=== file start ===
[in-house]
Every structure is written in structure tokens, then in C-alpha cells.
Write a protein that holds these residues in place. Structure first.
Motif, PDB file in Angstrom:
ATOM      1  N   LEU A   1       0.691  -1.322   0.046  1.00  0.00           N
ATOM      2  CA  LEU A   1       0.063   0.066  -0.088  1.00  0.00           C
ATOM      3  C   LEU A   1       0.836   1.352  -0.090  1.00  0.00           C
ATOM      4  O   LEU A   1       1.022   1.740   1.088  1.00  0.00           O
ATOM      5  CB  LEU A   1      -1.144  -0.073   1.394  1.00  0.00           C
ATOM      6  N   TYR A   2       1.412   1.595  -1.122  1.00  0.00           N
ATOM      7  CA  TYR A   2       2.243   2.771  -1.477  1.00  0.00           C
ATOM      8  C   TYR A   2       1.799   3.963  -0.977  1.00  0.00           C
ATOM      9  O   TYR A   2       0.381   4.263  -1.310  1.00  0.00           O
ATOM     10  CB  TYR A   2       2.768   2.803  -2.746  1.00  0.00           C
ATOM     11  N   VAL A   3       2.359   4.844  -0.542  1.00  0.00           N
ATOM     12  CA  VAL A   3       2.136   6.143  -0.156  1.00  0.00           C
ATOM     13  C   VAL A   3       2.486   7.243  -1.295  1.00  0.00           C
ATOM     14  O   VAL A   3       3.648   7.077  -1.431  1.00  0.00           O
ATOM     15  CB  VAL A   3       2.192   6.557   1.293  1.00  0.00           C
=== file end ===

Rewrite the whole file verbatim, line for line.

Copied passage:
[in-house]
Every structure is written in structure tokens, then in C-alpha cells.
Write a protein that holds these residues in place. Structure first.
Motif, PDB file in Angstrom:
ATOM      1  N   LEU A   1       0.691  -1.322   0.046  1.00  0.00           N
ATOM      2  CA  LEU A   1       0.063   0.066  -0.088  1.00  0.00           C
ATOM      3  C   LEU A   1       0.836   1.352  -0.090  1.00  0.00           C
ATOM      4  O   LEU A   1       1.022   1.740   1.088  1.00  0.00           O
ATOM      5  CB  LEU A   1      -1.144  -0.073   1.394  1.00  0.00           C
ATOM      6  N   TYR A   2       1.412   1.595  -1.122  1.00  0.00           N
ATOM      7  CA  TYR A   2       2.243   2.771  -1.477  1.00  0.00           C
ATOM      8  C   TYR A   2       1.799   3.963  -0.977  1.00  0.00           C
ATOM      9  O   TYR A   2       0.381   4.263  -1.310  1.00  0.00           O
ATOM     10  CB  TYR A   2       2.768   2.803  -2.746  1.00  0.00           C
ATOM     11  N   VAL A   3       2.359   4.844  -0.542  1.00  0.00           N
ATOM     12  CA  VAL A   3       2.136   6.143  -0.156  1.00  0.00           C
ATOM     13  C   VAL A   3       2.486   7.243  -1.295  1.00  0.00           C
ATOM     14  O   VAL A   3       3.648   7.077  -1.431  1.00  0.00           O
ATOM     15  CB  VAL A   3       2.192   6.557   1.293  1.00  0.00           C